US Defence Secretary Jim Mattis has claimed there is no indication that Russia wants a positive relationship with the United States.
Russian President Vladimir Putin had chosen to be a "strategic competitor" rather than a close ally to the US, Mattis told an Armed Services Committee hearing on Monday evening (12 June).
"I do not see any indication that Mr. Putin would want a positive relationship with us," he said.
"That is not to say we can't get there as we look for common ground," he added. "But at this point, he has chosen to be competitive, a strategic competitor with us and we will have to deal with that as we see it."
The chairman of the US Joint Chiefs of Staff, Joseph Dunford, said Russia has an adversarial relationship with the US.
Russia and the US have clashed on a number of foreign policy issues. The Kremlin demanded this weekend that the US stop attacking forces that support the Syrian government as they overtake positions held by Isis on the country's border with Iraq.
Russian Foreign Minister Sergei Lavrov criticised US air strikes against those battling Isis in a phone call to US Secretary of State Rex Tillerson on Saturday (10 June).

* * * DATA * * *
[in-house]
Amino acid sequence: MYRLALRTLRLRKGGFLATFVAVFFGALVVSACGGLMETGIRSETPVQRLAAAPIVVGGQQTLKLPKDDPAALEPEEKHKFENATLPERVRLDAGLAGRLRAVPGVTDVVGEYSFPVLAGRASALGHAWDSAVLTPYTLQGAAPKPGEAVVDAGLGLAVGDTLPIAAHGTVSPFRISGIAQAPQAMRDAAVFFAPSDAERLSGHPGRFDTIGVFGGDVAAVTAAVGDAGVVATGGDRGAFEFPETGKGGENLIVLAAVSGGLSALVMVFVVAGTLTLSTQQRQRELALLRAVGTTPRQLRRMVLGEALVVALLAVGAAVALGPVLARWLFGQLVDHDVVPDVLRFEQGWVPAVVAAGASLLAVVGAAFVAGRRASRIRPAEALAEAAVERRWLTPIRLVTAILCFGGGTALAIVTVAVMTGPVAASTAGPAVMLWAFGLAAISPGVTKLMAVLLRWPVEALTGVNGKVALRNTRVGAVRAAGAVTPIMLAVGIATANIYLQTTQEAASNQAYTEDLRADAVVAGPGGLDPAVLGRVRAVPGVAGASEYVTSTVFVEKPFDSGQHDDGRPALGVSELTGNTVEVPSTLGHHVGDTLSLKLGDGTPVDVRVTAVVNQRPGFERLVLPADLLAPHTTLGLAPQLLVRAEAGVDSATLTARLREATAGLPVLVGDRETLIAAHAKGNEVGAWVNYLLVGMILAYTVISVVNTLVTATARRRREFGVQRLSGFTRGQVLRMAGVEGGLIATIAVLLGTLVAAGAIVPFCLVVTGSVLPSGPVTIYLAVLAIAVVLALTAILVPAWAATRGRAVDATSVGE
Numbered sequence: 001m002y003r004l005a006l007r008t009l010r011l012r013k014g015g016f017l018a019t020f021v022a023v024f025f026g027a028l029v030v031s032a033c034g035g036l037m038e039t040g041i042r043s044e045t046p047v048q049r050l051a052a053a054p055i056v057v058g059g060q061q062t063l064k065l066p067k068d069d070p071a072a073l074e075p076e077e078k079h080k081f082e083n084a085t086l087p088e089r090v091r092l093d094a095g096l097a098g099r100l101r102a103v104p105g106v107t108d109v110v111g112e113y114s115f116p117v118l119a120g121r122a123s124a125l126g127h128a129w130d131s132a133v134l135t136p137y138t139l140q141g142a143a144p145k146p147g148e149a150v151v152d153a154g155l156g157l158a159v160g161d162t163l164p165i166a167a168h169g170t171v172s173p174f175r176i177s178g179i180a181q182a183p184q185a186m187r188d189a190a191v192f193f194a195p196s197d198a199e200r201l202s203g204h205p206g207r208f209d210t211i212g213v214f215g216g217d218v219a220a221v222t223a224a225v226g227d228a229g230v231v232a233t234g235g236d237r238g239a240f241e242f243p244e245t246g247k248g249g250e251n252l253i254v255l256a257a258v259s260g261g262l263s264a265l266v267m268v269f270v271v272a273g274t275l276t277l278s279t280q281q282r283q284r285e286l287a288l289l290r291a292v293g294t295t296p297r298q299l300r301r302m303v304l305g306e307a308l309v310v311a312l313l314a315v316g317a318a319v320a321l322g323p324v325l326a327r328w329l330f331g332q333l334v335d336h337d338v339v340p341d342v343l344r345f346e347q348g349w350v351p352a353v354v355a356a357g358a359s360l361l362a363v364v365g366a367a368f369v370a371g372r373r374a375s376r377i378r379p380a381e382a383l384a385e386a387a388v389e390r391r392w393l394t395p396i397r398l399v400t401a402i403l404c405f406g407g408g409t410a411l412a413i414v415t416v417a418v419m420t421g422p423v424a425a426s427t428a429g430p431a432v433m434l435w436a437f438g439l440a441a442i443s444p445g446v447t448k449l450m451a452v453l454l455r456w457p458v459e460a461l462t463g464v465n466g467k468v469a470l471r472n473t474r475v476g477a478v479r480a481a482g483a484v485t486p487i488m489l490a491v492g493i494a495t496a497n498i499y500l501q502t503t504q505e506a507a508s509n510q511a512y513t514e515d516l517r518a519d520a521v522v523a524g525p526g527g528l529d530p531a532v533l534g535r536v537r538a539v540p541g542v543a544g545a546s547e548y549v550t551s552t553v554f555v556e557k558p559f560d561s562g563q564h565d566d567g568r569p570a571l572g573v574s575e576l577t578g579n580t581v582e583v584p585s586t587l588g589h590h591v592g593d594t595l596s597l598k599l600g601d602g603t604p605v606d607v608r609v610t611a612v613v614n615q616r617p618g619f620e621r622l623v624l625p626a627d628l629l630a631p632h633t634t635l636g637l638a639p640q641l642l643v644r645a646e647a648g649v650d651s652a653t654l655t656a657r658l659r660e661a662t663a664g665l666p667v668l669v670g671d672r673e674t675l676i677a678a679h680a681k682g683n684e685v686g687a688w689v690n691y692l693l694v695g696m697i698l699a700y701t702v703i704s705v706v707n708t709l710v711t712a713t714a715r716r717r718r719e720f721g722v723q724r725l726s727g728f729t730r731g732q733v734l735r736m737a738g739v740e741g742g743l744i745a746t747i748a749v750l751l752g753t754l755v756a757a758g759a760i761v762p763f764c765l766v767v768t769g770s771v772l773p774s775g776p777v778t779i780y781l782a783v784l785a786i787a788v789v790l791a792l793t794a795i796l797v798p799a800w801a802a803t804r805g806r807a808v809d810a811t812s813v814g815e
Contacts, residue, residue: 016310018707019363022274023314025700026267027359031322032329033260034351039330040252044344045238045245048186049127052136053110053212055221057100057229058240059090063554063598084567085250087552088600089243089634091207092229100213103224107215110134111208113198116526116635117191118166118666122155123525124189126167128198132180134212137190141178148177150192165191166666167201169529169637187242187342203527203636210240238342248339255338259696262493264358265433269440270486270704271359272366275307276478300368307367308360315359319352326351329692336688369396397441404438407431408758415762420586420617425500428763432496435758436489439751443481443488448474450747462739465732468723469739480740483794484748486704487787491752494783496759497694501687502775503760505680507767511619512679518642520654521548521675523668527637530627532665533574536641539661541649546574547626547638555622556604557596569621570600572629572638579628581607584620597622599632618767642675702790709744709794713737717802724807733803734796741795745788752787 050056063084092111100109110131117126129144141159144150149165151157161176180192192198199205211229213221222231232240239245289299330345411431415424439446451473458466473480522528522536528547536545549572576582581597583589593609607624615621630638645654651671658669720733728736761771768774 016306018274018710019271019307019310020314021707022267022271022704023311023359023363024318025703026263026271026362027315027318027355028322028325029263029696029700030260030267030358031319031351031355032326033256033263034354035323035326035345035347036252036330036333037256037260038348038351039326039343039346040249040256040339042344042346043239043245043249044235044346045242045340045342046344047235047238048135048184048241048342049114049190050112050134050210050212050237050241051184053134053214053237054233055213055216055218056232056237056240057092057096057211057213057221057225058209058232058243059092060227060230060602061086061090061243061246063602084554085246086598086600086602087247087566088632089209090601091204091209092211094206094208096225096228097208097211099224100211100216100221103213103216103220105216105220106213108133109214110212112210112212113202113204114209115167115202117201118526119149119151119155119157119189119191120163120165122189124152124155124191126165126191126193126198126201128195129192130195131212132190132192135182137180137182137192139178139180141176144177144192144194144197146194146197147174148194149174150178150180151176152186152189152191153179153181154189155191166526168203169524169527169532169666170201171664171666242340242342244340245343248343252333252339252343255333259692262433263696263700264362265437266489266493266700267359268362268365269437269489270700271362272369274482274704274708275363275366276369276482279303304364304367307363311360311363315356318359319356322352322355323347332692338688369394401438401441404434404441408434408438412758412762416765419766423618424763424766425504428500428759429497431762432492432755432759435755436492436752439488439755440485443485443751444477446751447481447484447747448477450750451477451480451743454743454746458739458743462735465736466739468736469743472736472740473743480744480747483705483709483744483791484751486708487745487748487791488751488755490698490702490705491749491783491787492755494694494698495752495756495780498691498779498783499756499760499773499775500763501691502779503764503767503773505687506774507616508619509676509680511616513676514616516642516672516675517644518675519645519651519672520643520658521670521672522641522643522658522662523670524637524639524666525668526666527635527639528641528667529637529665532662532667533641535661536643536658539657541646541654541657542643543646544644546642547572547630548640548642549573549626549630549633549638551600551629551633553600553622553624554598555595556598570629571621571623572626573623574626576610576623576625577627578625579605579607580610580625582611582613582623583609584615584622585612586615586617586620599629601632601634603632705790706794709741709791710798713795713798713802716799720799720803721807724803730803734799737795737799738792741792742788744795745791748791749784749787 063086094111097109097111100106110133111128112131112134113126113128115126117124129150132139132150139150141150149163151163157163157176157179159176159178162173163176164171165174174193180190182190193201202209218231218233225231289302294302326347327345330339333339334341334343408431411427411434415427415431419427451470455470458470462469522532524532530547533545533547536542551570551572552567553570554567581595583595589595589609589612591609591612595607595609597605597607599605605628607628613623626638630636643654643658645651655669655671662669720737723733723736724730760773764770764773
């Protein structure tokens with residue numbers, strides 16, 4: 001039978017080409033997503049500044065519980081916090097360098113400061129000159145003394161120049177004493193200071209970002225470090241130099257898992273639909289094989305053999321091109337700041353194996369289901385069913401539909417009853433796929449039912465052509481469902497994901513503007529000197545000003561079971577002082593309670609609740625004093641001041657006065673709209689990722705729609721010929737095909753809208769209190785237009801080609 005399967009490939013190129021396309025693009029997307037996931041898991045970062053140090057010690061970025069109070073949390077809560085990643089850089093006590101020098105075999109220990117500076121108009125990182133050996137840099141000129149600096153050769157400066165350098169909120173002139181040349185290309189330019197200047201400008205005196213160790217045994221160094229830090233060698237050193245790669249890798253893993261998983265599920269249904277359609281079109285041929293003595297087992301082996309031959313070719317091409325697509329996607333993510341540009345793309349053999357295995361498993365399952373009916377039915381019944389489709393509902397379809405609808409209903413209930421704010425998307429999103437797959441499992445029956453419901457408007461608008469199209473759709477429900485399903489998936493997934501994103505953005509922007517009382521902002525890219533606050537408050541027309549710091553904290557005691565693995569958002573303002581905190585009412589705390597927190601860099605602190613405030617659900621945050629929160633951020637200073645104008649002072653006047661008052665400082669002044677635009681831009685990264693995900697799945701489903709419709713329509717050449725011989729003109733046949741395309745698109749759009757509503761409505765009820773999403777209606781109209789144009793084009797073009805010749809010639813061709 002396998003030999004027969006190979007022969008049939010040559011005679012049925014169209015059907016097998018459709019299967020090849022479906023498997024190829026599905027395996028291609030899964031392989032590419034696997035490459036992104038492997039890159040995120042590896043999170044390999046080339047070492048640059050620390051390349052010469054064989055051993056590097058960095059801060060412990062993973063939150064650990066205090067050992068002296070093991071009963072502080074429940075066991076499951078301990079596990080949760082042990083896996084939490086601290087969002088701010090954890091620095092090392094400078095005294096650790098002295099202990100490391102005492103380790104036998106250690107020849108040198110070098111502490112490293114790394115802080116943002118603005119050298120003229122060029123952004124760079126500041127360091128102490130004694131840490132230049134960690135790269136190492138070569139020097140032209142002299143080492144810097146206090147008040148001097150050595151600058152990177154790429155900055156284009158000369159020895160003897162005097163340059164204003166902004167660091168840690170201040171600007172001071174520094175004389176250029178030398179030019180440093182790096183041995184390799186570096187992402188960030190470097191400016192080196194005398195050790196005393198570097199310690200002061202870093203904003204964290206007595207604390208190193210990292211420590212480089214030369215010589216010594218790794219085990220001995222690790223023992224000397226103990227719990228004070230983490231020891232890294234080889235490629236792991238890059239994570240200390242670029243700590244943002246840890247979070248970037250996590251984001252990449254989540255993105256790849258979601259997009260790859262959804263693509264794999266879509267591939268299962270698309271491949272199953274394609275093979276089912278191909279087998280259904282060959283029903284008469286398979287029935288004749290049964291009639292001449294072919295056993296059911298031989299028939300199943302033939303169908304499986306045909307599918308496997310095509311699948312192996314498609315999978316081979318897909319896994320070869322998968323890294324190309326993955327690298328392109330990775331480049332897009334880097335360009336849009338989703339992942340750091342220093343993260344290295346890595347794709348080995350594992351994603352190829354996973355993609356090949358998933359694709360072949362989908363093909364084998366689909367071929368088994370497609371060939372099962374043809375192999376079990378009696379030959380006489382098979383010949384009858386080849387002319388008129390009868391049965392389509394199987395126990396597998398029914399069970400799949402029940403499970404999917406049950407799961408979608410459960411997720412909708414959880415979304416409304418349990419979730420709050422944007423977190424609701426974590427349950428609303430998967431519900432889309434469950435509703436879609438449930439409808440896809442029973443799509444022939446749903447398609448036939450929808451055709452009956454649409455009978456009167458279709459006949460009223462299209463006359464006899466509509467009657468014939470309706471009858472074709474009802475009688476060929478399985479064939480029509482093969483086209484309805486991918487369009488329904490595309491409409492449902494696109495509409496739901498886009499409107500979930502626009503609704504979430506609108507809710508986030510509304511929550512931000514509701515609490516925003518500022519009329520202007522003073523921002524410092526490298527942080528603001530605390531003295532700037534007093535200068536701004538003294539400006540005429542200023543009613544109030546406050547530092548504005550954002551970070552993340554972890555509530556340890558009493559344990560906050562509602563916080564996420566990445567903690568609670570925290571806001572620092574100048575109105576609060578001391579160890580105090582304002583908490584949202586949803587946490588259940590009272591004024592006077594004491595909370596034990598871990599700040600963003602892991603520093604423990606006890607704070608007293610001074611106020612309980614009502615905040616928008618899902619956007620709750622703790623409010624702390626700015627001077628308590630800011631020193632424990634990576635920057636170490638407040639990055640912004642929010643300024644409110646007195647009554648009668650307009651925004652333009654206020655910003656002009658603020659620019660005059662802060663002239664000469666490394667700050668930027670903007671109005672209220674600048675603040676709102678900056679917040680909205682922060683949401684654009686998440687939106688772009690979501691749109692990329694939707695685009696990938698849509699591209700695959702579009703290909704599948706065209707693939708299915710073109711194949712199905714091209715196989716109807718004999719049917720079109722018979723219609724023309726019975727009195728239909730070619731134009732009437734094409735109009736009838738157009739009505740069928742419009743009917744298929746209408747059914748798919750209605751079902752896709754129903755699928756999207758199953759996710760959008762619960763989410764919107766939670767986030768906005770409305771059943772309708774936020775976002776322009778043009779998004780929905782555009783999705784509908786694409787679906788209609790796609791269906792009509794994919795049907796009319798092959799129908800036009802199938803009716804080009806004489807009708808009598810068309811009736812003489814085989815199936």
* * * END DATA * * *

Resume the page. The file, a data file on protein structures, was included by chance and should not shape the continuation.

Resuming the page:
"Lavrov expressed his categorical disagreement with the US strikes on pro-government forces and called on him to take concrete measures to prevent similar incidents in future," Russia's foreign ministry said in a statement.
On Monday, US senators said they were close to approving legislation that would impose new sanctions on Russia.
Mattis' damning comments about US-Russia relations come after former FBI Director James Comey's explosive testimony last week. Comey told a Senate hearing that President Trump had asked him to drop his investigation into Michael Flynn's communication with the Russian ambassador.
Attorney General Jeff Sessions will testify in public at 2.30pm local time (7.30pm BST) on Tuesday.